With today’s modern digital cameras, taking good photos when there is plenty of available light requires little more than setting the camera to automatic mode and firing away. However, taking great pictures at night is a very difficult task regardless of the quality of the camera. But with a little preparation and practice you too can come away with some keepers even when the lighting is poor. Here are a few tips:
- Use a fast lens. While the typical “kit lens” that comes bundled with most DSLRs will do an adequate job most of the time, these lenses tend to perform poorly under low light conditions due to their relatively narrow maximum apertures. When it comes to shooting at night, the wider the aperture the better because you need as much available light making it through the lens and onto the sensor as possible. My personal favorite lens for nighttime photography is a 50mm f/1.4 prime, but a 50mm f/1.8 does an excellent job as well. Regardless of the lens you are using, set the camera to the widest aperture (the lowest f/stop) possible.
- Use the fastest shutter speed that you can get by with because the faster the shutter speed, the less blur you will see in your images. This is especially important when the lighting is poor. To determine the fastest shutter speed that can be used under the prevailing conditions, take a series of test shots at various speeds and see how the photos turn out.
- Turn on Image Stabilization (sometimes referred to as Vibration Reduction) if it is available. Many newer lenses and DSLRs come equipped with an image stabilization feature that reduces the effects of camera shake – which results in sharper images. If you have it available, use it.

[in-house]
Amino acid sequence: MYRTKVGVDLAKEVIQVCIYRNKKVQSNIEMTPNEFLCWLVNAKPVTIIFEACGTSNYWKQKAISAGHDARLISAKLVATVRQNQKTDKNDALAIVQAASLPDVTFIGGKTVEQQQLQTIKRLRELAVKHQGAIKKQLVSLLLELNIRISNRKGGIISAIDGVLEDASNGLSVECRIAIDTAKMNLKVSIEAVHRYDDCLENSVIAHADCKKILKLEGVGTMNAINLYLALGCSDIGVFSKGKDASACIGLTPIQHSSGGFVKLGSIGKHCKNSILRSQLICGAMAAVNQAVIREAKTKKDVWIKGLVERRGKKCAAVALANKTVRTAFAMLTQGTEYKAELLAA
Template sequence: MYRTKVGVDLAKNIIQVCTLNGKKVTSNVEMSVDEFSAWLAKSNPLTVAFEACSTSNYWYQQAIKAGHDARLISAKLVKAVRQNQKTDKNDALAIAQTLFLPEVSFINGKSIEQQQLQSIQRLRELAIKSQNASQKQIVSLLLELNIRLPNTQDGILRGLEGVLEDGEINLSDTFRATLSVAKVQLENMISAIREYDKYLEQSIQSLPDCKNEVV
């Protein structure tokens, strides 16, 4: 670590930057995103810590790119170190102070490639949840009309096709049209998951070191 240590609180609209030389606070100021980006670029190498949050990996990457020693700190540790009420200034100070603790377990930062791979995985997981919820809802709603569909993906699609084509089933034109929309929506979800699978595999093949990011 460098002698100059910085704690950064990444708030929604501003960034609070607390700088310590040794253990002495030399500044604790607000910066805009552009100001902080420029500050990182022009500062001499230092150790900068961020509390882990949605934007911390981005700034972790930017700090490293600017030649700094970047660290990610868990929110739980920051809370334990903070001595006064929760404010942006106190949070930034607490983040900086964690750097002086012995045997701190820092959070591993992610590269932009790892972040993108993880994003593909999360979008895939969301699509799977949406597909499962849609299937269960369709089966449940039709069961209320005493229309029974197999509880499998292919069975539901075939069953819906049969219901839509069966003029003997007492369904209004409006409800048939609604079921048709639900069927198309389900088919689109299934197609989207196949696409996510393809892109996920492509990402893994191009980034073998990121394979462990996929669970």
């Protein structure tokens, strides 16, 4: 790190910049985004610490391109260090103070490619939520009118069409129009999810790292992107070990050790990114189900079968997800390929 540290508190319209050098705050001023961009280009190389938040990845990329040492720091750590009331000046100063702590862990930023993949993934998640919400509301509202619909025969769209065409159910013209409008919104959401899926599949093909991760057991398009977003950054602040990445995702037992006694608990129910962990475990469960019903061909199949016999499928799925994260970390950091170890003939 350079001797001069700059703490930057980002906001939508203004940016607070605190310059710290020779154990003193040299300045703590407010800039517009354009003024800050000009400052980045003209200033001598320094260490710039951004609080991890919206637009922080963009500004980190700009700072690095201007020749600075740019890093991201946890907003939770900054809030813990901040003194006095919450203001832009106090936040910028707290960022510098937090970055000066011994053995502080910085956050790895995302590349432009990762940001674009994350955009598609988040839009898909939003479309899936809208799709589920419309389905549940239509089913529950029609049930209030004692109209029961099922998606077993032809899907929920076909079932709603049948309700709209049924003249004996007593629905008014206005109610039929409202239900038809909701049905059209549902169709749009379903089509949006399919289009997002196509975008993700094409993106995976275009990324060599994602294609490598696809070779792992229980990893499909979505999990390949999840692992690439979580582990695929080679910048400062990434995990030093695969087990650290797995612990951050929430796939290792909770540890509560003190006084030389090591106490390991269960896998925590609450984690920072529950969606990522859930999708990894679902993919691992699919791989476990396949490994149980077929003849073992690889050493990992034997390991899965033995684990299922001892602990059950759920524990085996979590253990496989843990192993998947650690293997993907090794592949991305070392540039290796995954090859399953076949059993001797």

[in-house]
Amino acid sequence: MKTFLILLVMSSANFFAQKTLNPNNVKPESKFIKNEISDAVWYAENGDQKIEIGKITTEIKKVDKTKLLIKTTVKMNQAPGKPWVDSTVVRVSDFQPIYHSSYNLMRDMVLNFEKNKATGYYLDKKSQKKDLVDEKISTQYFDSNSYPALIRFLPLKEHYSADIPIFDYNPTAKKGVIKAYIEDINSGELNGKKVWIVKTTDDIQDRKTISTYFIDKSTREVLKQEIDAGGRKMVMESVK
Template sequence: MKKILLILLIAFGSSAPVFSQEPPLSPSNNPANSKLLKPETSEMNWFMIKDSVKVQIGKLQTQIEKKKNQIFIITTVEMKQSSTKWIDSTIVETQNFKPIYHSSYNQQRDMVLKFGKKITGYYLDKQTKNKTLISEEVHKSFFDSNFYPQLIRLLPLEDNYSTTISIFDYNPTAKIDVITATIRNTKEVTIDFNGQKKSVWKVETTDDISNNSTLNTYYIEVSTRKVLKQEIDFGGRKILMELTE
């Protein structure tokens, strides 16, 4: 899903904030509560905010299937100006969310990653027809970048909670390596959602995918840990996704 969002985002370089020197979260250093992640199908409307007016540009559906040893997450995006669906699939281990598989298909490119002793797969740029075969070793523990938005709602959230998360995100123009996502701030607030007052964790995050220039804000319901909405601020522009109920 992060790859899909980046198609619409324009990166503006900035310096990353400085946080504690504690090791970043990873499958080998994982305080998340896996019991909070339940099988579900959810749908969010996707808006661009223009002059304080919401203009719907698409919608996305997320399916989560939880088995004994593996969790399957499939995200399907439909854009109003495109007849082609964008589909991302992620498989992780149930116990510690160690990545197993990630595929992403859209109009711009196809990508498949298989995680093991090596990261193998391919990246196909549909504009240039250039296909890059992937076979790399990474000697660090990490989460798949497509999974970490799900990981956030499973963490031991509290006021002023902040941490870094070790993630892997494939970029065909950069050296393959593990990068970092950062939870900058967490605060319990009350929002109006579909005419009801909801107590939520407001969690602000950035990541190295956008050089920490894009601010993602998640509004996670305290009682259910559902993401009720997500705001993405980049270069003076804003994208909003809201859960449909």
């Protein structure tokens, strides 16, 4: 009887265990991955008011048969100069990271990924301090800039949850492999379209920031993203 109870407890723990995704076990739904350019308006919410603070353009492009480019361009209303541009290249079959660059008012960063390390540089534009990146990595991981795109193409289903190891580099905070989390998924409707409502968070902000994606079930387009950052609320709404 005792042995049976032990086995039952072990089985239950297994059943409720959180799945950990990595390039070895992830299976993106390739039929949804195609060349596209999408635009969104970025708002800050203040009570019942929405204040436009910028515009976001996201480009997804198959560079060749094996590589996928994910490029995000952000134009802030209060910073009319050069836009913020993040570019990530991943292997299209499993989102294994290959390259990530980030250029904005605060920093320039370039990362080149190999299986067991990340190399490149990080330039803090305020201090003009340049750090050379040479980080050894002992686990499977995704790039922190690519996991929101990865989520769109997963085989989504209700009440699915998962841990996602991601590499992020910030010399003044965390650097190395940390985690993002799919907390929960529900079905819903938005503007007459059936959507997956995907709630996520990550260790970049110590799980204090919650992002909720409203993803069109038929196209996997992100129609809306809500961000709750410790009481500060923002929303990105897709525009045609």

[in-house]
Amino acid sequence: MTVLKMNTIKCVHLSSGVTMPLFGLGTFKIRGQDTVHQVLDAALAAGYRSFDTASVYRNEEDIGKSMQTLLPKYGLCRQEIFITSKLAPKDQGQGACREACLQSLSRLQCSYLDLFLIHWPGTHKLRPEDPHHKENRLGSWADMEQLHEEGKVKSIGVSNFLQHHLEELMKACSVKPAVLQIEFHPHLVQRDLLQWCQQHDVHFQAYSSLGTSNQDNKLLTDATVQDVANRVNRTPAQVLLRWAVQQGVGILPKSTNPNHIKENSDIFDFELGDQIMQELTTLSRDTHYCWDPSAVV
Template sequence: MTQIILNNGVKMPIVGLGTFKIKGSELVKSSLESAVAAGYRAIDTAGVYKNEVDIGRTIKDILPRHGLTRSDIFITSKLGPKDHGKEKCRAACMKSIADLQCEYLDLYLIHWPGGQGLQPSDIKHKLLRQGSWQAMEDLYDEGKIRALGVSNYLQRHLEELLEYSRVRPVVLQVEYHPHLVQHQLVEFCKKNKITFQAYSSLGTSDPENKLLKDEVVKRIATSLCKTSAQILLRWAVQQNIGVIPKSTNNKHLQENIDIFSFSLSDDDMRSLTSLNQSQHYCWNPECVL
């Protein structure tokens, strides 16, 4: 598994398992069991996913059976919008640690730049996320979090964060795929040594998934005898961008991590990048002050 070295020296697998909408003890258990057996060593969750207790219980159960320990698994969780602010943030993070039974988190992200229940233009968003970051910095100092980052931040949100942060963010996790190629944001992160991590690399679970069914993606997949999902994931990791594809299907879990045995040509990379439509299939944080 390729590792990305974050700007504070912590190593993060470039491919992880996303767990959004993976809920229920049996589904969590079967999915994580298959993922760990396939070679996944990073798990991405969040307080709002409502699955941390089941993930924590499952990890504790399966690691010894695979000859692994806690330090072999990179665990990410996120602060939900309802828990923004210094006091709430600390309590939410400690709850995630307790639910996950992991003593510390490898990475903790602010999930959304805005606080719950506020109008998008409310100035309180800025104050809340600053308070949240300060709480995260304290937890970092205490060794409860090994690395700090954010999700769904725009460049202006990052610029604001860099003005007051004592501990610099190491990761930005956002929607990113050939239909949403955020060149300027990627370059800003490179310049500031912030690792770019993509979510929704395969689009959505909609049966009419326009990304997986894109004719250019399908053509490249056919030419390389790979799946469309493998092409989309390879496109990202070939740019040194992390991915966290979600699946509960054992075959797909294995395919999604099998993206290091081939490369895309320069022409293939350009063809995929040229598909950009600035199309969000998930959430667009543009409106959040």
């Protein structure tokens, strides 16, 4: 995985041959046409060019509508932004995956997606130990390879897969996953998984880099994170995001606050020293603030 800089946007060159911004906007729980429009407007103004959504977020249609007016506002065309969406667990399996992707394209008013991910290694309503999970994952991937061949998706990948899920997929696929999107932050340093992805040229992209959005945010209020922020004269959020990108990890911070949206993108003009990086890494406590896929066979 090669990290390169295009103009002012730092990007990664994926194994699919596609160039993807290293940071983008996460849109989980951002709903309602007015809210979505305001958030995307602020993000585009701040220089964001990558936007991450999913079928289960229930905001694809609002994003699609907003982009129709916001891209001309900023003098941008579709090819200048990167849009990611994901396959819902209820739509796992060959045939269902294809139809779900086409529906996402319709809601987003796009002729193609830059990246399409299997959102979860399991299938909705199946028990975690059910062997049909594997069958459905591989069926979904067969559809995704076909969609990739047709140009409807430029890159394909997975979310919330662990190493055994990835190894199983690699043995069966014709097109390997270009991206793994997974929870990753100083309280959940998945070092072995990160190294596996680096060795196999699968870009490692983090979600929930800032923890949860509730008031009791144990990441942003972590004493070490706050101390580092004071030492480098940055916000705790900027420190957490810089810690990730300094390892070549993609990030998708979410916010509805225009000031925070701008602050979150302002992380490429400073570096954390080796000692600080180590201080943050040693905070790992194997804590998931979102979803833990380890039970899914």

- Set the ISO to the highest setting that will allow your images to be virtually noise free. The higher the ISO the more sensitive the sensor will be to light, which means you can use a faster shutter speed. Just be sure not to set it so high that your photos are littered with noise. Again, it helps to experiment with different settings until you find the one that works best.
- Use a tripod and remote shutter release. Regardless of how steady your hands happen to be, the chances are slim that they’ll be steady enough to capture a sharp image at night. Using a tripod and remote shutter release will greatly improve the quality of your photos because you can slow down the shutter speed as much as you want without having to worry about camera shake.
- If you simply must use a flash, use an external flash such as a speedlight instead of the puny pop-up flash that’s built in to the camera body. A pop-up flash is fine for supplying a little “fill” light during the daylight hours, but it is much too weak to do an adequate job when lighting conditions are extremely poor.
- Shoot in RAW mode and lighten the image later during post processing. The beauty of shooting in RAW mode is the flexibility it gives you when making adjustments such as brightness and color cast. Just open the photo in your favorite image editing software (it must support working with RAW images) and adjust the appropriate slider until you get the results you’re looking for.
Conclusion: Taking great photos at night can be a challenge, but it isn’t at all impossible. The techniques listed above can help you shoot with confidence under any lighting conditions and come away with a memory card full of keepers!
Rick Rouse is the owner of TodaysPhoto.org Photography Blog, the home of the “Picture of the Day“.